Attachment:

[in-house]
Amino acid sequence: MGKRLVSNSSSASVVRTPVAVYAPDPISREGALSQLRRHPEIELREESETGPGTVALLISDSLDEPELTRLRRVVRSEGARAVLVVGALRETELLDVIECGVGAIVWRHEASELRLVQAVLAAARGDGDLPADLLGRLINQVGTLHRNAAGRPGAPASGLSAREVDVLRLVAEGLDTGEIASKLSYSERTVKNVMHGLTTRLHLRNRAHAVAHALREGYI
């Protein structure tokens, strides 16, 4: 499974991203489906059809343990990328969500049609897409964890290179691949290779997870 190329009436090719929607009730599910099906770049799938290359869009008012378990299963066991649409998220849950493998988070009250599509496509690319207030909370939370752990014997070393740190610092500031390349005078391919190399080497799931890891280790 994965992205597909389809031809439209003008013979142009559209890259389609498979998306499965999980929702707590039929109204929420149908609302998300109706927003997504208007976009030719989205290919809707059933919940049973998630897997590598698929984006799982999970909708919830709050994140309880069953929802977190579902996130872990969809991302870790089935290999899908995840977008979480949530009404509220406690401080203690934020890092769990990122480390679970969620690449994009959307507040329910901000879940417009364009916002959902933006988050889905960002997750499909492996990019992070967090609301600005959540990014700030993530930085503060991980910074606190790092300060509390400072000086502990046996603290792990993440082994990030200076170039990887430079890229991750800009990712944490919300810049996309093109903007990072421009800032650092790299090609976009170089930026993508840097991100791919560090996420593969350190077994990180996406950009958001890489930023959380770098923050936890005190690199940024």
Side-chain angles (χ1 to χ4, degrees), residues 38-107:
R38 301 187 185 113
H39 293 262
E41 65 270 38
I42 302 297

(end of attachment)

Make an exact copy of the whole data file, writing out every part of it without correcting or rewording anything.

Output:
[in-house]
Amino acid sequence: MGKRLVSNSSSASVVRTPVAVYAPDPISREGALSQLRRHPEIELREESETGPGTVALLISDSLDEPELTRLRRVVRSEGARAVLVVGALRETELLDVIECGVGAIVWRHEASELRLVQAVLAAARGDGDLPADLLGRLINQVGTLHRNAAGRPGAPASGLSAREVDVLRLVAEGLDTGEIASKLSYSERTVKNVMHGLTTRLHLRNRAHAVAHALREGYI
């Protein structure tokens, strides 16, 4: 499974991203489906059809343990990328969500049609897409964890290179691949290779997870 190329009436090719929607009730599910099906770049799938290359869009008012378990299963066991649409998220849950493998988070009250599509496509690319207030909370939370752990014997070393740190610092500031390349005078391919190399080497799931890891280790 994965992205597909389809031809439209003008013979142009559209890259389609498979998306499965999980929702707590039929109204929420149908609302998300109706927003997504208007976009030719989205290919809707059933919940049973998630897997590598698929984006799982999970909708919830709050994140309880069953929802977190579902996130872990969809991302870790089935290999899908995840977008979480949530009404509220406690401080203690934020890092769990990122480390679970969620690449994009959307507040329910901000879940417009364009916002959902933006988050889905960002997750499909492996990019992070967090609301600005959540990014700030993530930085503060991980910074606190790092300060509390400072000086502990046996603290792990993440082994990030200076170039990887430079890229991750800009990712944490919300810049996309093109903007990072421009800032650092790299090609976009170089930026993508840097991100791919560090996420593969350190077994990180996406950009958001890489930023959380770098923050936890005190690199940024």
Side-chain angles (χ1 to χ4, degrees), residues 38-107:
R38 301 187 185 113
H39 293 262
E41 65 270 38
I42 302 297